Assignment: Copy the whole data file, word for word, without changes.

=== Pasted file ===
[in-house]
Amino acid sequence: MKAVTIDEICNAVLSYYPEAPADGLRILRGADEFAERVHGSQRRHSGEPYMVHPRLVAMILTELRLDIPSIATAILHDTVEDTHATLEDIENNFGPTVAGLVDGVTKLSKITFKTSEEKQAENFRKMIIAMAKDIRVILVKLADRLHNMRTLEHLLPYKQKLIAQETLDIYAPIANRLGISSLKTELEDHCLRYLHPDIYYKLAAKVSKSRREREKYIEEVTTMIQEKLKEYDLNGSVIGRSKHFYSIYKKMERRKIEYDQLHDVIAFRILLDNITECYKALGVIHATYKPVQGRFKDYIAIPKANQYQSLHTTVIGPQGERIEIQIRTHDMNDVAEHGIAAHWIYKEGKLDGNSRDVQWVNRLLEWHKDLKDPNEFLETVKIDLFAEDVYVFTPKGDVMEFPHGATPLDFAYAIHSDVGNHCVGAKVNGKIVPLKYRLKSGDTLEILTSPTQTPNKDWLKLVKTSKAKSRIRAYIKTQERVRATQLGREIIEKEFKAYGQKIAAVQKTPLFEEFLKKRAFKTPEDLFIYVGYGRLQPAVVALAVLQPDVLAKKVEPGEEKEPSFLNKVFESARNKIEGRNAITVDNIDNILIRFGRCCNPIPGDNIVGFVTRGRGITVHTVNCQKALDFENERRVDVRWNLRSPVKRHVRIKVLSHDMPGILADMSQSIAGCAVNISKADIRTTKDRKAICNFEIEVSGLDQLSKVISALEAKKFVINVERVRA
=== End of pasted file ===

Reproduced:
[in-house]
Amino acid sequence: MKAVTIDEICNAVLSYYPEAPADGLRILRGADEFAERVHGSQRRHSGEPYMVHPRLVAMILTELRLDIPSIATAILHDTVEDTHATLEDIENNFGPTVAGLVDGVTKLSKITFKTSEEKQAENFRKMIIAMAKDIRVILVKLADRLHNMRTLEHLLPYKQKLIAQETLDIYAPIANRLGISSLKTELEDHCLRYLHPDIYYKLAAKVSKSRREREKYIEEVTTMIQEKLKEYDLNGSVIGRSKHFYSIYKKMERRKIEYDQLHDVIAFRILLDNITECYKALGVIHATYKPVQGRFKDYIAIPKANQYQSLHTTVIGPQGERIEIQIRTHDMNDVAEHGIAAHWIYKEGKLDGNSRDVQWVNRLLEWHKDLKDPNEFLETVKIDLFAEDVYVFTPKGDVMEFPHGATPLDFAYAIHSDVGNHCVGAKVNGKIVPLKYRLKSGDTLEILTSPTQTPNKDWLKLVKTSKAKSRIRAYIKTQERVRATQLGREIIEKEFKAYGQKIAAVQKTPLFEEFLKKRAFKTPEDLFIYVGYGRLQPAVVALAVLQPDVLAKKVEPGEEKEPSFLNKVFESARNKIEGRNAITVDNIDNILIRFGRCCNPIPGDNIVGFVTRGRGITVHTVNCQKALDFENERRVDVRWNLRSPVKRHVRIKVLSHDMPGILADMSQSIAGCAVNISKADIRTTKDRKAICNFEIEVSGLDQLSKVISALEAKKFVINVERVRA